• key performance indicators (KPIs) – their number and the frequency with which they are reviewed

  • targets – how targets are set, tracked and reviewed

  • employment practices – processes concerning promotion, management and training of employees

The Management and Expectations Survey (MES) 2023 went out to 53,433 businesses between November 2023 and February 2024. The businesses were drawn from three sources:

  • previous MES respondents, to be able to analyse changes over time in the management score and other associated variables

  • Annual Business Survey (ABS) 2022 respondents, to investigate the link between management practices and total factor productivity

  • the Inter-Departmental Business Register (IDBR) universe to ensure the sample is representative across a range of dimensions of interest, such as industry, region, and size

The MES was sampled over cells consisting of:

  • region – 12 NUTS1 regions

  • industry – 46 industry groupings, a custom mixture of letter-level section and two-digit industries from the Standard Industrial Classification 2007

  • size (employment) – five size bands (10 to 19, 20 to 49, 50 to 99, 100 to 249, 250 and over)

The MES 2023 sample size was 53,433 and the response rate 27%. This was an increase in the achieved sample size and response rate from the MES 2020, which was 50,714 and 24%, respectively. Meanwhile, the MES 2017 went out to 24,998 firms and achieved a response rate of 38.7%. The linked sample size was made up of 1,200 firms, which have responded to all three surveys.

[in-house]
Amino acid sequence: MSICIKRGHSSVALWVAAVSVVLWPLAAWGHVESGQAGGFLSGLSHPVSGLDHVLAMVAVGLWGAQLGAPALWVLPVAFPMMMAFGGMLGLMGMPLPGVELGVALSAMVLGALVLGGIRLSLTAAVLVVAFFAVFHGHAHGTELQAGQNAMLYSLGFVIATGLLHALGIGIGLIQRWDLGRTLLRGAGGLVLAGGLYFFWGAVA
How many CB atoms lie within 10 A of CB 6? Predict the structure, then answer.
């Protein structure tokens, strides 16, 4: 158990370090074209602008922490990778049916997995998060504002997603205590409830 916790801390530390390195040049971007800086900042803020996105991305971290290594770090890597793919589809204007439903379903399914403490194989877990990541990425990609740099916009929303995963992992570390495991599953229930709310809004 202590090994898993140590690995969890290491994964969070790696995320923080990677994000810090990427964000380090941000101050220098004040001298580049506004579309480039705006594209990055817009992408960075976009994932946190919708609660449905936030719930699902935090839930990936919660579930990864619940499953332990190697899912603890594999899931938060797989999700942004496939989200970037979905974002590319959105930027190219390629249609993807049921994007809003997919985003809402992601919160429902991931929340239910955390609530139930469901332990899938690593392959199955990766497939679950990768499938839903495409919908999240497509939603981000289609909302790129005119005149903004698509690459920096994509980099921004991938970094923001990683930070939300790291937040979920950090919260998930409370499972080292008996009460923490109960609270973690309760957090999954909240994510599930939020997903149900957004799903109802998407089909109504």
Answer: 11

The MES 2023 asked respondents about their management practices in 2023. However, the MES 2020 asked respondents about their management practices in both 2019 and 2020 while the MES 2017 asked respondents about their management practices in 2016. Throughout the analysis we refer to the reference year that firms were asked about (2016, 2019, 2020 and 2023).

Note also that the MES 2020 collected data between November 2020 and March 2021 but sought information covering the calendar years 2019 and 2020. It is therefore possible that the results show a degree of recall bias.

In line with the previous waves of the MES and established Office for National Statistics practice, design weights were used to account for differences in sampling and response rates and to ensure representativeness. Design weights sum to the total number of firms in the sampling frame, which is the IDBR universe of firms with more than 10 employees and excluding firms in agriculture, financial services and the public sector. Therefore, the MES does not claim to be representative of the whole UK economy.

Official statistics in development